Unique Applications

By | March 12th, 2012|Snap Art, Reviews|2 Comments

I recently came across an interesting review of Snap Art 3. The article’s unique examples immediately got my attention. I think of using Snap Art on a beautiful shot from a DSLR or point-and-shoot camera. The author, Kay Michael Kuhnlein, has other ideas.

With sound reasoning, Michael suggests using the plug-in on graphic art and other digital artworks like clipart. This is a use of Snap Art that I don’t typically think about, but I’m going to start. The examples Michael provided are awesome.

The demo version is free, if you want to try it for yourself.

About the Author:

Jimmy is the marketing nerd at Alien Skin. He makes workflow training tutorials, handles affiliates, writes for the blog, manages our contributing authors, governs our social media, and he is the king of swag orders. He also makes a mean cup of espresso, so if you stop by the office, remember to give him cash tips for his efforts.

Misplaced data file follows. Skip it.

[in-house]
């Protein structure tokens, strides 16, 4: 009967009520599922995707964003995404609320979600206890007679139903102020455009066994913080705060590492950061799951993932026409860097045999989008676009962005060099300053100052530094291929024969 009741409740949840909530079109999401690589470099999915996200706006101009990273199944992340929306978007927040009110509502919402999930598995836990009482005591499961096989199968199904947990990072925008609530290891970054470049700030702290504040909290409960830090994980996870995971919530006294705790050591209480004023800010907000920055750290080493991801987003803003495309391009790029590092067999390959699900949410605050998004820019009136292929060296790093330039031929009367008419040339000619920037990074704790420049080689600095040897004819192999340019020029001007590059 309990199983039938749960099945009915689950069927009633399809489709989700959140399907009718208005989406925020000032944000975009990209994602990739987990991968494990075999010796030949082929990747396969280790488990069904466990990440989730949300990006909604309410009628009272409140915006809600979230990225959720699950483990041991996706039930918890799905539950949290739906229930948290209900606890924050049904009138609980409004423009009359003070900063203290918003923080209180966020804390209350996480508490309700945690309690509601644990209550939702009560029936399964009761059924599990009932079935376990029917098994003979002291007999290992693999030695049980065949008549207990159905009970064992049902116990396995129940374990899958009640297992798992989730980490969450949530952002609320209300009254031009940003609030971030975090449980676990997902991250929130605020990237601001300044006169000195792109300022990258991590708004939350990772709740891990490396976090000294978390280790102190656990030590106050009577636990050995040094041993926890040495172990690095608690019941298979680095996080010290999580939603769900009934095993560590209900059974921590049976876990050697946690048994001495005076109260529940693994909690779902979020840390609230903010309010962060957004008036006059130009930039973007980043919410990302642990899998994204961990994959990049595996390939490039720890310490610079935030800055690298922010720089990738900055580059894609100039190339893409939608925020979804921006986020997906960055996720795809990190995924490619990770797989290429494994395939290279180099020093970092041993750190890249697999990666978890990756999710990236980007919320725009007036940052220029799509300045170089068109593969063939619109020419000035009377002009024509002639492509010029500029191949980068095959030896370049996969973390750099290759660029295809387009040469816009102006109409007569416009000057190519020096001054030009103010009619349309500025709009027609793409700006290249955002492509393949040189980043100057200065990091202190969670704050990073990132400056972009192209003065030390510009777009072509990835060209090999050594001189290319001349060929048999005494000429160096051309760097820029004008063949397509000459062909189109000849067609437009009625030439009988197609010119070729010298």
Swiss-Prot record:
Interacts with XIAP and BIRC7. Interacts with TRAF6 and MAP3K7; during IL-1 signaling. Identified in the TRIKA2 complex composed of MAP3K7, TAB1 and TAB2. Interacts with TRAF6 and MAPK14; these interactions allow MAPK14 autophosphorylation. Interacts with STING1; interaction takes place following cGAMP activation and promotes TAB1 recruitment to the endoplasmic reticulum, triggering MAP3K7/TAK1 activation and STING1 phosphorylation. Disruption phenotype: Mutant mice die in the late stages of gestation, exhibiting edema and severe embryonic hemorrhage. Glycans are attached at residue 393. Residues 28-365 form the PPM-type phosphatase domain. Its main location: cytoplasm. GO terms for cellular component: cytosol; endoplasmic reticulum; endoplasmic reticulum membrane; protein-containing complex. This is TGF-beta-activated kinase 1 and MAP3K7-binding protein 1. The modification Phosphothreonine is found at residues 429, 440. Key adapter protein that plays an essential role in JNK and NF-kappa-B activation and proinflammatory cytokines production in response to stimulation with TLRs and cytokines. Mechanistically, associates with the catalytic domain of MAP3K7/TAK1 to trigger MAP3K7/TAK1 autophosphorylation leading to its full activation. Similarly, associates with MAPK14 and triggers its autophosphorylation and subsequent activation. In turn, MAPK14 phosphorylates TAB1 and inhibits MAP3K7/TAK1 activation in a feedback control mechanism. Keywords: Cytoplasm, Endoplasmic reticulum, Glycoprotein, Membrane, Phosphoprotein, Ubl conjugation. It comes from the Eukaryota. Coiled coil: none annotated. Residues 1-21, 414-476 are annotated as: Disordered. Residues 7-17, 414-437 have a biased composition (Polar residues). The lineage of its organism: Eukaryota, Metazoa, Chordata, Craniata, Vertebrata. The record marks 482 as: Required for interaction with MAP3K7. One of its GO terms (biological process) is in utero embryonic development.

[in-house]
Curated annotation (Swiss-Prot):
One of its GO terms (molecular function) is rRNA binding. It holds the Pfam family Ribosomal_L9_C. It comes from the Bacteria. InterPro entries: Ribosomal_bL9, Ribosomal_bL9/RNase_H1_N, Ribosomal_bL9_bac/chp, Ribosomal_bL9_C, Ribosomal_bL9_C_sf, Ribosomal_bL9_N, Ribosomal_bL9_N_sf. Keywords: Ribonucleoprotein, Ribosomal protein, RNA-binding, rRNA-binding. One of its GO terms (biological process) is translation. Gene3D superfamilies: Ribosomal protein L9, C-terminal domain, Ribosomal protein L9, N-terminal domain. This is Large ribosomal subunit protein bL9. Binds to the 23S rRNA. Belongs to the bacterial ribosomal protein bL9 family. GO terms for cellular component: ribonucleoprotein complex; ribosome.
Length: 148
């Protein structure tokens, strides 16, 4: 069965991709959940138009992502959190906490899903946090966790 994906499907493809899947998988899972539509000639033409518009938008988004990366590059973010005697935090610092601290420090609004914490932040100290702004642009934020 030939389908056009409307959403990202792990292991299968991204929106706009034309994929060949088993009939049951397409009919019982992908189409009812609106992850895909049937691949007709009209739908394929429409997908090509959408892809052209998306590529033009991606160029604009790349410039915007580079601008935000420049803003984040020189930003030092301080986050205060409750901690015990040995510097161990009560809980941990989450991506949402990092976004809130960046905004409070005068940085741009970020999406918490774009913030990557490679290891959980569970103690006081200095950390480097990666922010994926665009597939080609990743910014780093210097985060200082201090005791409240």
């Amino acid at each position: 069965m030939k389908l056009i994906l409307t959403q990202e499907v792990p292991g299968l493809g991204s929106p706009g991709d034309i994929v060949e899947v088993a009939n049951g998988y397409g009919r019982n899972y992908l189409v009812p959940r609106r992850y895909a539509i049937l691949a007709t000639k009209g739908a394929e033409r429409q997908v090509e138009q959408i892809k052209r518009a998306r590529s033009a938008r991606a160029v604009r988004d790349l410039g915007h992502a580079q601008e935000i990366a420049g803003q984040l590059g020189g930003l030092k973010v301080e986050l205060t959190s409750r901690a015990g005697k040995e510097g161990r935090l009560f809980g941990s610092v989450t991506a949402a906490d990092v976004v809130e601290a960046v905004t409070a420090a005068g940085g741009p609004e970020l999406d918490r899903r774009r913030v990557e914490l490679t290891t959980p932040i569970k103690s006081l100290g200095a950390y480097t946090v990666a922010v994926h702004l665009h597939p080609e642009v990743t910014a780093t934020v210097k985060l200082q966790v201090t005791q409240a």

2 Comments

  1. Alex Mach June 24, 2012 at 3:38 pm

    hey jimmy,
    thanks for the heads-up on using clip art with snap art3. is there any way to enlarge a clip art file (small jepg) to get it to print out at say 16×20? (blow up)?, or do i just need to start with a bigger file?

    thanks,

    al x

    • Jimmy June 25, 2012 at 7:51 am

      Hi Al x,

      I recommend using Blow Up for resizing. Clip art files resize well with Blow Up because graphics are hard-edged. I recommend that you resize the image before using Snap Art. This will make the brush effects as crisp as they can be.

      You can probably get away with much more enlargement than I would recommend for an image. Most of Snap Art’s effects don’t need a lot of detail in the original image to look great.

      I hope this helps!
      -jimmy

Comments are closed.